The lake, now filled with rain and snow melt, was the color of deep blue lapis lazuli. By the time we rolled into the lodge to clean up and gather for a glass of wine on the lakeside deck, the smoke was back, turning the sky gray and all but obscuring the caldera.

The next morning, we shuttled north about 90 minutes for a 50-mile ride along the Cascade Lakes Scenic Byway. On the way, we spied Broken Top, the Three Sisters, Mt. Bachelor and other volcanic peaks on the eastern side of the mountain range. From Bachelor, it was a 3,000-foot, 22-mile descent to Bend and its numerous microbreweries.

That afternoon, we decamped and showered at our digs in the Oxford, wandered through Drake Park beside the Deschutes River and dined on Cajun eats at Zydeco Kitchen & Cocktails. I’m pretty sure we all slept well that night.

I abandoned my e-bike the next day and pedaled the relatively easy 22 miles (up and back) to a point near a waterfall on Tumalo Creek. The elevation gain was a manageable 1,350 feet, which one hardy couple from Orange County did twice.

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A cyclist stops to photograph friendly alpacas on the route from Bend, Ore., to Smith Rock State Park, a popular hiking and climbing destination.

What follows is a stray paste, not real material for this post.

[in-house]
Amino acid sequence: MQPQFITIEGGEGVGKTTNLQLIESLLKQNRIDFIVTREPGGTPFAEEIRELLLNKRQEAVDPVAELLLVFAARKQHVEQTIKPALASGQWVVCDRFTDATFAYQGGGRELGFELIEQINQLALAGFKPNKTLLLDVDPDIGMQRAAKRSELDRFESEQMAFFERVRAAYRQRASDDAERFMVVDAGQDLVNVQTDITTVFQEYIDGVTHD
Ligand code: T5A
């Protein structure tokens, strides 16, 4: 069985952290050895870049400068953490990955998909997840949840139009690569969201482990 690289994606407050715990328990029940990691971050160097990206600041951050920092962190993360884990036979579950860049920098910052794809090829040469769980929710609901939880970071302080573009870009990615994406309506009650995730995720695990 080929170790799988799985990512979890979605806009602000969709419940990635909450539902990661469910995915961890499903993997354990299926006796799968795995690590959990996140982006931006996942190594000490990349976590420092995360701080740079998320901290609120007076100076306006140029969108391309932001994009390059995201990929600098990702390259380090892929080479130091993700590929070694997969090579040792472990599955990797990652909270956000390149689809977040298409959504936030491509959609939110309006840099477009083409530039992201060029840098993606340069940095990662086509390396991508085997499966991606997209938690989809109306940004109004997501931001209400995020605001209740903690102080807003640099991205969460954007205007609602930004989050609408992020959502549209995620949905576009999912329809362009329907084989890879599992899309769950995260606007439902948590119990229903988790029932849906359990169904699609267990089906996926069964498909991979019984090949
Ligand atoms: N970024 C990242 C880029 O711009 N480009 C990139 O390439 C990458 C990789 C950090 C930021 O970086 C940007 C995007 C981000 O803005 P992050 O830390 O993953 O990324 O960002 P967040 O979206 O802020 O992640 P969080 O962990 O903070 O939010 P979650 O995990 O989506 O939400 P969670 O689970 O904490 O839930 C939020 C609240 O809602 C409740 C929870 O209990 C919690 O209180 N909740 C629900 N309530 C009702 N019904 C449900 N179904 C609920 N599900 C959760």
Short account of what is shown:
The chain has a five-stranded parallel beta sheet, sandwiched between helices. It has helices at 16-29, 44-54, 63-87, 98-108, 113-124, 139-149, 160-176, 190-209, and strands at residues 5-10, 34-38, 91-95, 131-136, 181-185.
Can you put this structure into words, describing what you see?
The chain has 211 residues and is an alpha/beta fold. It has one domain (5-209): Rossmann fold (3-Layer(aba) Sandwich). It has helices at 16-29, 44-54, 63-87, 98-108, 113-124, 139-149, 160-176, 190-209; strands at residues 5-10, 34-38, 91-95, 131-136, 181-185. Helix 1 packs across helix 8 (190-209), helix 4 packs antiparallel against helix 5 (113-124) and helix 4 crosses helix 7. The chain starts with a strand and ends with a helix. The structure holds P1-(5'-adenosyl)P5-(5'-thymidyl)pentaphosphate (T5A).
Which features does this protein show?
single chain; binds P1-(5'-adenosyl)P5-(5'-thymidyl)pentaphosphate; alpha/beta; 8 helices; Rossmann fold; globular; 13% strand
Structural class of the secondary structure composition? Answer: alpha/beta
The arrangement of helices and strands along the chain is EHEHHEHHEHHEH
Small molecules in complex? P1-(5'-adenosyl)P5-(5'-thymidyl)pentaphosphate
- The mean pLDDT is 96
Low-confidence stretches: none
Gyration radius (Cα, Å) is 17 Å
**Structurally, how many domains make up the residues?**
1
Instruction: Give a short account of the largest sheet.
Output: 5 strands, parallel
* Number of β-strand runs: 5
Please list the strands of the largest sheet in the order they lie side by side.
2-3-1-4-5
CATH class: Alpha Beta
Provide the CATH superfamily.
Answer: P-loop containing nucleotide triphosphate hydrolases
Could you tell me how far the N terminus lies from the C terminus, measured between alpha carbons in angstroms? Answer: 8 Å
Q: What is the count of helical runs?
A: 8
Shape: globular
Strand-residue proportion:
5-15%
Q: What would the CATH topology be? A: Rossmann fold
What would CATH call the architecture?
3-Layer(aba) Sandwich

(Brian E. Clark)

On the fourth day, I again chose a regular road bike to pedal 35 miles from Bend to Smith Rock State Park, a mecca for climbers. The elevation gain wasn’t great, only 1,020 feet, but the 95-degree heat and headwinds flattened me. I still had enough energy, though, to hike the Crooked River Trail below Smith Rock, with Lynn and Greg LaStrapes from Corpus Christi, Texas.

As we walked, Lynn told me that riding an electric-assist bike allowed her to keep up and even pass her husband, who occasionally races, on the three Trek Travel trips they have done.

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“Once I tried an e-bike, it made a huge difference in my enjoyment,” said Lynn. “In fact, it was a complete game-changer and made both of us happier.”

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A guide discusses the route from near Crater Lake to Bend on a cycling trip in Oregon’s Cascades.
(Brian E. Clark)

Our last two nights were spent at the posh FivePine Lodge in Sisters, about 23 miles northwest of Bend. It was from this base we rode up to the lookout at the McKenzie summit, then flew down the considerably greener, western side of the Cascades to Belknap Springs for a much-appreciated lunch.

My pulled muscle has healed and I’m already planning my training schedule. I’m not sure when I’ll make it around Crater Lake or up and over McKenzie Pass on a regular road bike, but you can bet it’s in my plans.

If you go
  • Trek Travel
    (866) 464-8735. The five-night, six-day Crater Lake tour costs $3,499 and includes the use of a high-end Trek bicycle (including an e-bike if needed), lodging, guide service and nearly all meals.

  • More Crater Lake bike tours:

    Backroads (800) 462-2848

    Bicycle Adventures (800) 443-6060